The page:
Drawing: David Hasselhoff in 9 to 5: The Musical

Autographed drawing of David Hasselhoff in 9 to 5 the Musical at the Savoy Theatre on London's West End

BAYWATCH and KNIGHT RIDER alum, David Hasselhoff has returned to London’s West End for a limited run in Dolly Parton’s 9 TO 5: THE MUSICAL at the Savoy Theatre, playing the sexist, egomaniac CEO Franklin Hart Jr. over the festive-New Year season. “Get hassled by the Hoff”, announced Dolly when revealing David’s inclusion in the show last November.

Based on the 1980 film of the same name, which Dolly starred in, it centres around three female employees who turn the tables on their vile boss and make the company a nicer place to work. Dolly wrote and recorded the theme tune, which became one of her biggest hits of the decade. She also wrote all the songs for the musical, which debuted on Broadway in April 2009 at the Marquis Theatre, earning 15 Drama Desk Award and four Tony nominations.

David made his Broadway debut in 2000 in the musical JEKYLL & HYDE, before his first British and West End appearance as the amoral lawyer Billy Flynn in CHICAGO at the Adelphi Theatre in July 2004. He returned to the US for his role as the flamboyant director Roger De Bris in the Las Vegas production of Mel Brooks’ THE PRODUCERS. In announcing David’s casting, Mel said he would be perfect for the role with his “incredible comedic timing, terrific musical theatre experience and stage presence … oh and great legs for that dress!” (David opened the show wearing a ball gown).

David returned to the London stage as Captain Hook in the New Wimbledon Theatre’s panto PETER PAN over the 2010/2011 Christmas season, reprising the part as ‘Hoff the Hook’ the following year at the Manchester Opera House.

Last Sunday David was a guest on BBC Radio 2’s Michael Ball show where he stopped to sign autographs for a sizeable crowd, including moi and my Franklin sketch.

Drawing: Alex Borstein and the Amstergang

Autographed drawing of Alex Borstein in Alex Borstein and the Amstergang at London's Soho Theatre

I was very happy to catch up with the delightful Alex – short for Alexandrea – Borstein when she popped into London in mid-December last year to do three nights at the Soho Theatre with her musical comedy show ALEX BORSTEIN AND THE AMSTERGANG. Described as a “little music, little comedy and a lot of dirty words” the show included original songs and hilarious versions of some of the classics.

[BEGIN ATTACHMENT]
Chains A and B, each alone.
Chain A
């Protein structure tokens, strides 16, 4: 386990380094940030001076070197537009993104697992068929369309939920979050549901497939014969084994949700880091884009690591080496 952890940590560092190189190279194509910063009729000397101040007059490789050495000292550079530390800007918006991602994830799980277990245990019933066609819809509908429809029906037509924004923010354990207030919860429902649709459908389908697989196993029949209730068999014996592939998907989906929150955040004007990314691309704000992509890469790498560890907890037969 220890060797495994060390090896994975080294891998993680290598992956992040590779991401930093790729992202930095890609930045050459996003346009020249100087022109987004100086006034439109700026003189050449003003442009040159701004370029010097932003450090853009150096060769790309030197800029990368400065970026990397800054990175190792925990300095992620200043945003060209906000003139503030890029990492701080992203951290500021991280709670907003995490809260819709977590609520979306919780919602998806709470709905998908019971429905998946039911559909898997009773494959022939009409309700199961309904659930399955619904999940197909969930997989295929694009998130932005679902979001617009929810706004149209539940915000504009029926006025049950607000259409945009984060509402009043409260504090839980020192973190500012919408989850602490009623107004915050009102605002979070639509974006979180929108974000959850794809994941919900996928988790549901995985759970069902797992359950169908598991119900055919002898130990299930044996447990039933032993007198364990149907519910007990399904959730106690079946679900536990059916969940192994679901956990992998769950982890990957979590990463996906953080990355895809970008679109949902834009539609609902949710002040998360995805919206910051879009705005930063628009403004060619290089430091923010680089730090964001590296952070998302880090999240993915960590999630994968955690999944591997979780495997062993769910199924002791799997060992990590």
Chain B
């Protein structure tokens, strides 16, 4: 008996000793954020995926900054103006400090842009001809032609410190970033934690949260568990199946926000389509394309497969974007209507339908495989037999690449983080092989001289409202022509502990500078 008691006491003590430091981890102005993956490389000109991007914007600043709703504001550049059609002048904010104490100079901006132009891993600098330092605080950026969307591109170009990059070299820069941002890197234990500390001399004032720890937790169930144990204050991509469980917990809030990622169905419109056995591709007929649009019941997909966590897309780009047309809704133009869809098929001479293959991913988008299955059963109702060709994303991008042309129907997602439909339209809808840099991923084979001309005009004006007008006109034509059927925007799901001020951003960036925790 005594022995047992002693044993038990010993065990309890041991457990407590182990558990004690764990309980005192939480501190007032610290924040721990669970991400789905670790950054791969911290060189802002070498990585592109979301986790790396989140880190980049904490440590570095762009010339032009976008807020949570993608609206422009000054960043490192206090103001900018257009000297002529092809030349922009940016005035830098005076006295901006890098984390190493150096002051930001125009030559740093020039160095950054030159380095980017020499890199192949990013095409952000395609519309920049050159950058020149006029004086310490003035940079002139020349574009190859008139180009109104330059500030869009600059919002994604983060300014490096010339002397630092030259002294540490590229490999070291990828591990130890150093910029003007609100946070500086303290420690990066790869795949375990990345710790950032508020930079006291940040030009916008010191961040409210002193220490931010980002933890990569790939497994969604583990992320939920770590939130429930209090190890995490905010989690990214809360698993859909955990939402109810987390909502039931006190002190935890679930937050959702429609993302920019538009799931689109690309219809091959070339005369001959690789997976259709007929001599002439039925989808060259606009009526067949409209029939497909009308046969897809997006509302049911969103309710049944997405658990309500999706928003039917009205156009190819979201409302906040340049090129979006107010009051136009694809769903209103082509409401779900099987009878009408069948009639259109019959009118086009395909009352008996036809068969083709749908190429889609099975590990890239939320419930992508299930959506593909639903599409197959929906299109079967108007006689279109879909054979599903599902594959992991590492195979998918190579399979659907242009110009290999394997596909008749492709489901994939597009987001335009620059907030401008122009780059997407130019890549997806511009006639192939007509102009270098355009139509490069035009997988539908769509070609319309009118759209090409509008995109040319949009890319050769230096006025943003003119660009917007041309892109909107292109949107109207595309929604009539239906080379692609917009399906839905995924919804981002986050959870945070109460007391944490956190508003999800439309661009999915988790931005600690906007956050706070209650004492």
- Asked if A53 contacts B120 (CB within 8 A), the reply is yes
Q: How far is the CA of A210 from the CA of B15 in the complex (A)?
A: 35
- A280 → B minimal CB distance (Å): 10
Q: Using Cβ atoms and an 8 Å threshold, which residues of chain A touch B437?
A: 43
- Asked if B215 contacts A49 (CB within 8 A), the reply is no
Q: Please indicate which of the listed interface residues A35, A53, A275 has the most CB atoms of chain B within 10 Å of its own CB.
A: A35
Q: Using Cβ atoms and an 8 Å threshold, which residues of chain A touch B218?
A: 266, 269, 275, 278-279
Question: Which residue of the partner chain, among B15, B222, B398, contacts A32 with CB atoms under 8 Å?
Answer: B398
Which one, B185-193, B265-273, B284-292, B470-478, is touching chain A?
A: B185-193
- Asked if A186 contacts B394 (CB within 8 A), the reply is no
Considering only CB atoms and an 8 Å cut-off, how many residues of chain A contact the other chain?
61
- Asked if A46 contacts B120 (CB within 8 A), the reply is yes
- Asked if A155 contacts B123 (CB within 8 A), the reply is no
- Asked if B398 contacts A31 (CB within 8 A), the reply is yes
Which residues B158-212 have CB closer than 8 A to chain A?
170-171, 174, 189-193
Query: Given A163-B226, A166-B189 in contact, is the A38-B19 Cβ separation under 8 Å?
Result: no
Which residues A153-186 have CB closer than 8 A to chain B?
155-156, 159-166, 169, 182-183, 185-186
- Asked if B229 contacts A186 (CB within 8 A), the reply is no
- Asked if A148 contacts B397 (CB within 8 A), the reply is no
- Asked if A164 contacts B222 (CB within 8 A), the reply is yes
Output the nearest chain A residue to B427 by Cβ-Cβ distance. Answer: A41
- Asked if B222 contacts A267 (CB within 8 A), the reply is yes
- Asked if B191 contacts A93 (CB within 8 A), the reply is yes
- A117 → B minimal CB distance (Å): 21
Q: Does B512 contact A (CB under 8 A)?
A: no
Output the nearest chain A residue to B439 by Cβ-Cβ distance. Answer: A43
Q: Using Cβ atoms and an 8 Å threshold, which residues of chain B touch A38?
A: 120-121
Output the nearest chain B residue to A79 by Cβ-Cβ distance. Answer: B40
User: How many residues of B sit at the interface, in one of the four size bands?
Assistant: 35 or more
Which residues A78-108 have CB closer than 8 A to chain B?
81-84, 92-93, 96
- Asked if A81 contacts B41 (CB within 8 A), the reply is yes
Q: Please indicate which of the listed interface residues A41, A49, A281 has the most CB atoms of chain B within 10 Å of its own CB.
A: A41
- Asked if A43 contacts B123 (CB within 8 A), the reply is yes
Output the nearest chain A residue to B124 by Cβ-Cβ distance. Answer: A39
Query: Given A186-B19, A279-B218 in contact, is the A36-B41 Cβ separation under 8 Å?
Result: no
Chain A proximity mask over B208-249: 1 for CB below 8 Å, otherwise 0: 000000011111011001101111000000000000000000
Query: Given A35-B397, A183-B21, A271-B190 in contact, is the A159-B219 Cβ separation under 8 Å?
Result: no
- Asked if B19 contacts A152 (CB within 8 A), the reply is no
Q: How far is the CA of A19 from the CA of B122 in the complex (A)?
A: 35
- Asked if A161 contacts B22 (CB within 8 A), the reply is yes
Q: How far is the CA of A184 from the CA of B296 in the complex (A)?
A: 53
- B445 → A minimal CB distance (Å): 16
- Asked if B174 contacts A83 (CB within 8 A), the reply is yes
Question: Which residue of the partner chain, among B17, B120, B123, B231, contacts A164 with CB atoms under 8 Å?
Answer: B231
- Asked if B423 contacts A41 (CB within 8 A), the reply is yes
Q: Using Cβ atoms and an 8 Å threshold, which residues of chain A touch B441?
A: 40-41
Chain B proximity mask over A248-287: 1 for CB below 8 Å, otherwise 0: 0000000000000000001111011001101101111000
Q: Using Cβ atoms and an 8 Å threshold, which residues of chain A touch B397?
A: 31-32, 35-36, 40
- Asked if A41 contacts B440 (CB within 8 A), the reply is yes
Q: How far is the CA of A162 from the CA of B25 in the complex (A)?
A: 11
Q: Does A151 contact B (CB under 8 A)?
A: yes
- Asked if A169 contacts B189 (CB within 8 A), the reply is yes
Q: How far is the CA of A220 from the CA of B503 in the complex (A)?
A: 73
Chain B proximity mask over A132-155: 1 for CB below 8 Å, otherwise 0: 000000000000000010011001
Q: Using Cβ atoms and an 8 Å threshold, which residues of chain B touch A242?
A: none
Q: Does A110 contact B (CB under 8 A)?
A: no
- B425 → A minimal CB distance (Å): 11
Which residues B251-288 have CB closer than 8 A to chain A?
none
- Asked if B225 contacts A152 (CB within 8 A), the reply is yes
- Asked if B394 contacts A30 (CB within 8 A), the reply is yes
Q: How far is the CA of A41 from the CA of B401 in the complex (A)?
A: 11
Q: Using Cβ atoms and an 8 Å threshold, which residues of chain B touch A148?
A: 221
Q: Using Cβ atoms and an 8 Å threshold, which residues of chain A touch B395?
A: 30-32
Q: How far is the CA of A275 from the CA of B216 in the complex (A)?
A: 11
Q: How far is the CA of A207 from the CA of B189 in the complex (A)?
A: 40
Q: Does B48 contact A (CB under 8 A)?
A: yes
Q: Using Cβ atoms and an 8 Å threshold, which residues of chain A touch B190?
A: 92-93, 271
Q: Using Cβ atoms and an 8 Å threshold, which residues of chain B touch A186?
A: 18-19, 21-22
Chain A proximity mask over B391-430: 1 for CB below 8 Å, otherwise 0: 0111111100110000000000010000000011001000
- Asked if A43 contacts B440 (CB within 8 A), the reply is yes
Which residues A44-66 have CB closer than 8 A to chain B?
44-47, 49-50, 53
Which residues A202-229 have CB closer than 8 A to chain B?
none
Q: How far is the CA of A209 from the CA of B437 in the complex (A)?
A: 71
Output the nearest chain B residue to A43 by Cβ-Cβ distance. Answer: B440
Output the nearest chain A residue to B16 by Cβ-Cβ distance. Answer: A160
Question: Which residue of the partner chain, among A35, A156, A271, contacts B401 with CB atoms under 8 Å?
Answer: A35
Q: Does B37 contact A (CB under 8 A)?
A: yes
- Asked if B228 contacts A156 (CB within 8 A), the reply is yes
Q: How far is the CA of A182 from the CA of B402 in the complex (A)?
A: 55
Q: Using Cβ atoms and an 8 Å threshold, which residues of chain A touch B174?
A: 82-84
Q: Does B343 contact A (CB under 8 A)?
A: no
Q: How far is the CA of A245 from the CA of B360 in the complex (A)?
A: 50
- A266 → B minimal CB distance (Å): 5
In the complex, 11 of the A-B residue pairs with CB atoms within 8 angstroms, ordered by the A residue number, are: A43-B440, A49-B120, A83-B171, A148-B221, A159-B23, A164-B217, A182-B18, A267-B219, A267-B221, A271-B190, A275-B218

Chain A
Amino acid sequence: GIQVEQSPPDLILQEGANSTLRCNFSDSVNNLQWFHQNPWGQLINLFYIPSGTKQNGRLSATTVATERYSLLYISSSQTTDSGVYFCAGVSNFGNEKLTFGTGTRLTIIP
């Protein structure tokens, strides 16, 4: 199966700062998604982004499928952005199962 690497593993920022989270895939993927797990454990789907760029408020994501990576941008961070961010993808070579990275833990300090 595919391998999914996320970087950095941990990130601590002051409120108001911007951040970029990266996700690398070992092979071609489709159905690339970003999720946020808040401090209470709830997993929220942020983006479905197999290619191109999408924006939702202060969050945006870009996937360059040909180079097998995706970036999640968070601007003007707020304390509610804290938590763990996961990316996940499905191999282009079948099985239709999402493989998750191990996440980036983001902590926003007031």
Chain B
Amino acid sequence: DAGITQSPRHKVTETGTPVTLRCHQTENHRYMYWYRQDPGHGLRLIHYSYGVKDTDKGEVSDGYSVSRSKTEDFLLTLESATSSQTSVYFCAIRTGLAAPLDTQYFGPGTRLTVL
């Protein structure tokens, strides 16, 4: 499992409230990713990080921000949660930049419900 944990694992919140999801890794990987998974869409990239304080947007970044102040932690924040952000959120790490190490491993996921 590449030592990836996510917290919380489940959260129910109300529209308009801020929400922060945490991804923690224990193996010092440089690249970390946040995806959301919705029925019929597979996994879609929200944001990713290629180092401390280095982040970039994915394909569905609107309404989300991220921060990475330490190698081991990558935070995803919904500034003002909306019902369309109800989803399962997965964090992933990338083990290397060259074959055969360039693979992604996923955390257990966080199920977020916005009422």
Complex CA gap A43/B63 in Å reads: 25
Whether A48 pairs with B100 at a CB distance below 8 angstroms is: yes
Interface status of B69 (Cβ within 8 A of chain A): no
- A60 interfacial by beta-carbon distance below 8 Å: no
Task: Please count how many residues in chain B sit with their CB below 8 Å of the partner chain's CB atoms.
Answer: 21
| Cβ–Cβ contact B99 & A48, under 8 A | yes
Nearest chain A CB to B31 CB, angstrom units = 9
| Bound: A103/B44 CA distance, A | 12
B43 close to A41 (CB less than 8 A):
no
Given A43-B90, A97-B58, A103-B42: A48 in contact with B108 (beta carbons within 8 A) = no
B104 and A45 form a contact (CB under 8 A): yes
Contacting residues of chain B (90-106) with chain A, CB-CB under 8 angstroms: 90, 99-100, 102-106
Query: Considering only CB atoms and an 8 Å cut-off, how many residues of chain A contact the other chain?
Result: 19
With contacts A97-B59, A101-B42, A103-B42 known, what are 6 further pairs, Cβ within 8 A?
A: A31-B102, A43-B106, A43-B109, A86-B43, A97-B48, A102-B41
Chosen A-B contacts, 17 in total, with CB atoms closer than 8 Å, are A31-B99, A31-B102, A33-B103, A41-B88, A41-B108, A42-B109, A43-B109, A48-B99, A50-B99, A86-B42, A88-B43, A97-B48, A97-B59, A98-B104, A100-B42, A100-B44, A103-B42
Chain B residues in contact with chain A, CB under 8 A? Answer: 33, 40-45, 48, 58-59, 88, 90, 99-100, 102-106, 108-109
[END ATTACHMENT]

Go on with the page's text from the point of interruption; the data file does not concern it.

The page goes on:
I first encountered Alex with her recurring characters in GILMORE GIRLS, as Doris, harpist Drella and resident stylist and keeper of many a Hollywood secret Miss Celine. She has been the voice of Lois Griffin and many others in the animated comedy FAMILY GUY since 1999, (including writing and producing) winning an Emmy Award from numerous nominations. She also collected a further two Emmys as the irascible and scrappy rookie, ‘one tough cookie’ manager Susie Myerson in THE MARVELOUS MRS MAISEL and Golden Globe and Screen Actors Guid noms, winning the Critics Choice Award for Best Supporting Actress in a Comedy series this month. The ensemble cast has also collected successive Screen Actors Guild awards for the past two years.

Alex signed my sketch when she arrived at the Soho Theatre on Saturday 14 December.

Drawing: Harvey Fierstein in Torch Song Trilogy

Autographed drawing of Harvey Fierstein in Torch Song Trilogy at New York's Little Theatre

One of Broadway’s most celebrated performers and writers, Harvey Fierstein has won four Tony Awards. In 1982 he wrote TORCH SONG TRILOGY, a collection of three plays rendered in three acts over four hours and played the lead role, New Yorker Arnold Beckoff, a Jewish homosexual, drag queen and torch singer and his quest for true love and a family.

A ‘torch’ song is a sentimental love tune where the singer laments an unrequited or lost love. It opened on Broadway at the Little Theatre on 10 June 1982, winning both the Best Play and Best Actor in a Play Tony Awards for Harvey, who also reprised the role for the 1988 film adaption opposite Matthew Broderick and Anne Bancroft. While the distinctively gravel-voiced actor has appeared in a number of notable films and television shows, he is probably best remembered as Robin Williams’ character makeup artist, Uncle Frank Hillard in MRS DOUBTFIRE.

In 1984 he won the Tony for Best Book of a Musical for LA CAGE AUX FOLLES. Twenty-six years later he replaced Douglas Hodge in the lead role of ageing star Albin who plays drag queen Zaza in the 2010 Broadway revival. Harvey collected his fourth Tony for his performance as the mother Edna Turnblad in the musical HAIRSPRAY in 2004. He has also been nominated on three other occasions, for the NEWSIES (2012) and KINKY BOOTS (2013) books and Best Play for writing CASA VALENTINA (2014).

Harvey kindly signed this ‘Arnold’ sketch for me after I mailed it to his New York agency.

Drawing: Denzel Washington in Fences

Autographed drawing of actor Denzel Washington in Fences at Broadway's Cort Theatre

This year’s Academy Award nominations were announced on Monday and while Denzel Washington’s name wasn’t included this time he has had his fair share of Oscar success. His nine nominations include two wins for Best Supporting Actor as Private Silas Trip in the American Civil War drama GLORY (1989) and Best Actor for his role as corrupt detective Alonzo Harris in TRAINING DAY (2001).